▪ Key Decisions
- Maintain MPR at 14%
- Maintain CRR at 22.50%
- Retain liquidity ratio at 30%
- Retain asymmetric corridor at +200 and -500bps around the MPR.
Unflinching Investors’ sentiment, despite MPC Decision
Since the last MPC meeting, Treasury bills yields have remained relatively high,
recording a 0.53% increase to reach 14.69% on January 22, 2019. The secondary market for bonds however recorded a 0.24% decline in yields to settle at 15.21% on January 22,2019. The high yield in both markets, coupled with the poor performance of the equities space due to the cautious choice for low-risk investments should continue to encourage the influx of participants to the fixed income space. Consequently, we do not foresee any changes in the yield environment, due to the decision to keep the rate constant.
Loan performance continues to Improve
At the recent meeting, the MPC noted the encouraging growth in the lending to the
private sector in 2018. The Committee however reiterated the need for improved
lending to the private sector as net credit to the private sector increased by 5.13% YoY
in November 2018, annualized to 4.95% which was lower than the 2018 benchmark
rate of 12.4%. The MPC also expressed satisfaction regarding the reduction in the level
of NPLs in the banking sector.
We expect that with the intensified efforts towards increasing credit to the private
sector, the improved asset quality and partnership between the Banker’s committee
and Nigeria Incentive-Based Risk Sharing System for Agricultural Lending (NIRSAL)
will go a long way towards achieving this goal. We also envisage some payment to
contractors by the government in the coming months which should further
moderate the NPLs in the banking sector.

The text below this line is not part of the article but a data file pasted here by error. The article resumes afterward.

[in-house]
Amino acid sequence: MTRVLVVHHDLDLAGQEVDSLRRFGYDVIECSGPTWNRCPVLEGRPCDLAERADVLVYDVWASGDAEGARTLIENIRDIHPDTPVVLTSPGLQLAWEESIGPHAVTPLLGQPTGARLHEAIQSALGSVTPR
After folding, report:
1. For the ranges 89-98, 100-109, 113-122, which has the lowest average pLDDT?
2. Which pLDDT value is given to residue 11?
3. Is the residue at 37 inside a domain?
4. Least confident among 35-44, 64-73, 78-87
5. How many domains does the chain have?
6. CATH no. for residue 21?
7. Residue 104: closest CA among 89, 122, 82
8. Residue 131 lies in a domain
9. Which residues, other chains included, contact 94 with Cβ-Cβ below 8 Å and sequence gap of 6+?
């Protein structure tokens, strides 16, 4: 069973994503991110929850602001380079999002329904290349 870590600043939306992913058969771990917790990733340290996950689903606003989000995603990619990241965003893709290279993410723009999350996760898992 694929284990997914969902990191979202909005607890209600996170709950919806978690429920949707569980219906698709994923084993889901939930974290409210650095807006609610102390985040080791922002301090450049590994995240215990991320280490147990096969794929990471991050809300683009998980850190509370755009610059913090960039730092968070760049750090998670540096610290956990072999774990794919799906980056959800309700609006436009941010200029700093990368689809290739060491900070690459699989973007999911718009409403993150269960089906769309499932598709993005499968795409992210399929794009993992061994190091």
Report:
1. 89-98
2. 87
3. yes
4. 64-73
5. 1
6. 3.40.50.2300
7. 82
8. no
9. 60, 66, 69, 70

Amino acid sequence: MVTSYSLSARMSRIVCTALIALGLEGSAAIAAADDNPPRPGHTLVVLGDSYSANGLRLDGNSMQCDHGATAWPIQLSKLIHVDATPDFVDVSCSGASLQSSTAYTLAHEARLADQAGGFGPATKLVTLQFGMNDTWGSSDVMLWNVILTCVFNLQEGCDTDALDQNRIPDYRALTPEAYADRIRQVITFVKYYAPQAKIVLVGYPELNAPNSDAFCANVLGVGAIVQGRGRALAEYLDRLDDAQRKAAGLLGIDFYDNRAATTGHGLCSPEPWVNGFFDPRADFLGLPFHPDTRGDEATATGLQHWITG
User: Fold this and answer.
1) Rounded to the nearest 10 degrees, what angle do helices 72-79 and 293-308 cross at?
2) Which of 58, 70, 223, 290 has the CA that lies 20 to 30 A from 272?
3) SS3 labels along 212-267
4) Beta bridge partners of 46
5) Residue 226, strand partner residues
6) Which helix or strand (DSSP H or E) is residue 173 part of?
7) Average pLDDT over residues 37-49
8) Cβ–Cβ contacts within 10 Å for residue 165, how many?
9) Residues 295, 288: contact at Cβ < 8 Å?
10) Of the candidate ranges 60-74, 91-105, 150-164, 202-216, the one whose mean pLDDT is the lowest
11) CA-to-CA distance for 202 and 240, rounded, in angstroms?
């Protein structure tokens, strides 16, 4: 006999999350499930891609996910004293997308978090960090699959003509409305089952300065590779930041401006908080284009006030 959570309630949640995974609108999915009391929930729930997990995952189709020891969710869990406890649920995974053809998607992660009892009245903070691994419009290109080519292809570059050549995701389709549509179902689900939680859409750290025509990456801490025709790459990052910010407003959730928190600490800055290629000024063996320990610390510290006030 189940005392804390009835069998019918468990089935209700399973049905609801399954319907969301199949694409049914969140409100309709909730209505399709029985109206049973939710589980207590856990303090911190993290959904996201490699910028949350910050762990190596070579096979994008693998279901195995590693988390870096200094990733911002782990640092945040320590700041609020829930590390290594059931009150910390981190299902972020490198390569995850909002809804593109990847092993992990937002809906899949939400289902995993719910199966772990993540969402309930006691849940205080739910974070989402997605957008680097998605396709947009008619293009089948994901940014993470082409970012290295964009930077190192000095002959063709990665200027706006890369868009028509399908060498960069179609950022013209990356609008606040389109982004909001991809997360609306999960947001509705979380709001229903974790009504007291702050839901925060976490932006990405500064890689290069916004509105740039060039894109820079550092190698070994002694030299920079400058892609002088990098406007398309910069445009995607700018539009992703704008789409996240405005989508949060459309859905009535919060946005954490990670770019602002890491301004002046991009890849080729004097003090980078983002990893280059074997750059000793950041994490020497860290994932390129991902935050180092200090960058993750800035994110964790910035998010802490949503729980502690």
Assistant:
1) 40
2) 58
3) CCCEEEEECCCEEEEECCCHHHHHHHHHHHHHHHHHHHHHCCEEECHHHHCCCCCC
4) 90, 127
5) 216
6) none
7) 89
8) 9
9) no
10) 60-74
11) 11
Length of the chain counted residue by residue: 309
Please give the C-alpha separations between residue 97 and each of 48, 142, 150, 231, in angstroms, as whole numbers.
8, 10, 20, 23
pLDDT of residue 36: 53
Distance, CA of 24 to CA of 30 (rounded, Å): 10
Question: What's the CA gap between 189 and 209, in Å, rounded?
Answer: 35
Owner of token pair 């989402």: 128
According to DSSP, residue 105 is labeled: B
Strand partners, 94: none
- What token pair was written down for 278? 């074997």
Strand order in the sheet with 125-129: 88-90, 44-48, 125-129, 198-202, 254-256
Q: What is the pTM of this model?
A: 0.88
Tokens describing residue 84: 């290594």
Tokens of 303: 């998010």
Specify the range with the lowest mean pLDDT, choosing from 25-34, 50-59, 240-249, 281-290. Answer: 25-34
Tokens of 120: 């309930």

Improved Activities within the Real Sector
The credit to the real sector improved towards the end of 2018. Increased funding
came through the industry-wide interventions such as the anchor borrowers’
programme, CBN agribusiness scheme and MSME funds. By December 2018, the real
sector sustained its healthy performance, with the manufacturing PMI rising by 2.2pts
to 61.1pts, the highest in 2018.
The industry’s economic welfare was also buoyed by the continuous FX interventions
by the CBN; however, the sector faced some headwinds as consumer spending grew
slowly, moderating the growth in the sales of goods and services offered by the
sector. Logistical challenges, owing to insecurity and flooding also pressured growth.
Despite the political uncertainties which heightened towards the end of 2018, the
sector grew, owing to the incentives put in place by the CBN. We expect the CBN to
continue to support the real sector through concessionary lending schemes and
moral suasion strategies with the banks. We also expect the continued CBN intervention to sustain FX liquidity and stability, in a bid to curtail FX pressures in the industry.
The Market Set to Look Away
The mood in the equities market remains largely negative. Increased political
uncertainty ahead of the elections continues to sour investor confidence. Opportunities
for bargain hunting has however supported the moderation of the decline in the
NSEASI. We do not expect the decision to hold rates to alter the current bearish course of the market, especially given the attractive yield environment in the fixed income space.
In our opinion, the prevailing political risks has more weight in dictating the current course of market activities, at least for the rest of this quarter.